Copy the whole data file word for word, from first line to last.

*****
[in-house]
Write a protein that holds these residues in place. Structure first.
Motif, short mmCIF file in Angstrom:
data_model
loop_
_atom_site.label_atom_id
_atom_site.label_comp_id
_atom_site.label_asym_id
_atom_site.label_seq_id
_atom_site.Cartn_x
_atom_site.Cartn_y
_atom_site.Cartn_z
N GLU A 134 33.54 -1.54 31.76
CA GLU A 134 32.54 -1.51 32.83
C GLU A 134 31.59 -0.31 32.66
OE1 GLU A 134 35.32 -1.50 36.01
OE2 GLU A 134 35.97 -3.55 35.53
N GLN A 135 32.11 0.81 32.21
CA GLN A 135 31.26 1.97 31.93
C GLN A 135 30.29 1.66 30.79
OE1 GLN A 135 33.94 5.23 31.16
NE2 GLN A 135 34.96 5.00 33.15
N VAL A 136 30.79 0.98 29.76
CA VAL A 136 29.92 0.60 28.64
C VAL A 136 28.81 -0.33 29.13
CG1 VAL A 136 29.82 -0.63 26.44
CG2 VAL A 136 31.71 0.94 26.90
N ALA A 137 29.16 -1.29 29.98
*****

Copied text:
[in-house]
Write a protein that holds these residues in place. Structure first.
Motif, short mmCIF file in Angstrom:
data_model
loop_
_atom_site.label_atom_id
_atom_site.label_comp_id
_atom_site.label_asym_id
_atom_site.label_seq_id
_atom_site.Cartn_x
_atom_site.Cartn_y
_atom_site.Cartn_z
N GLU A 134 33.54 -1.54 31.76
CA GLU A 134 32.54 -1.51 32.83
C GLU A 134 31.59 -0.31 32.66
OE1 GLU A 134 35.32 -1.50 36.01
OE2 GLU A 134 35.97 -3.55 35.53
N GLN A 135 32.11 0.81 32.21
CA GLN A 135 31.26 1.97 31.93
C GLN A 135 30.29 1.66 30.79
OE1 GLN A 135 33.94 5.23 31.16
NE2 GLN A 135 34.96 5.00 33.15
N VAL A 136 30.79 0.98 29.76
CA VAL A 136 29.92 0.60 28.64
C VAL A 136 28.81 -0.33 29.13
CG1 VAL A 136 29.82 -0.63 26.44
CG2 VAL A 136 31.71 0.94 26.90
N ALA A 137 29.16 -1.29 29.98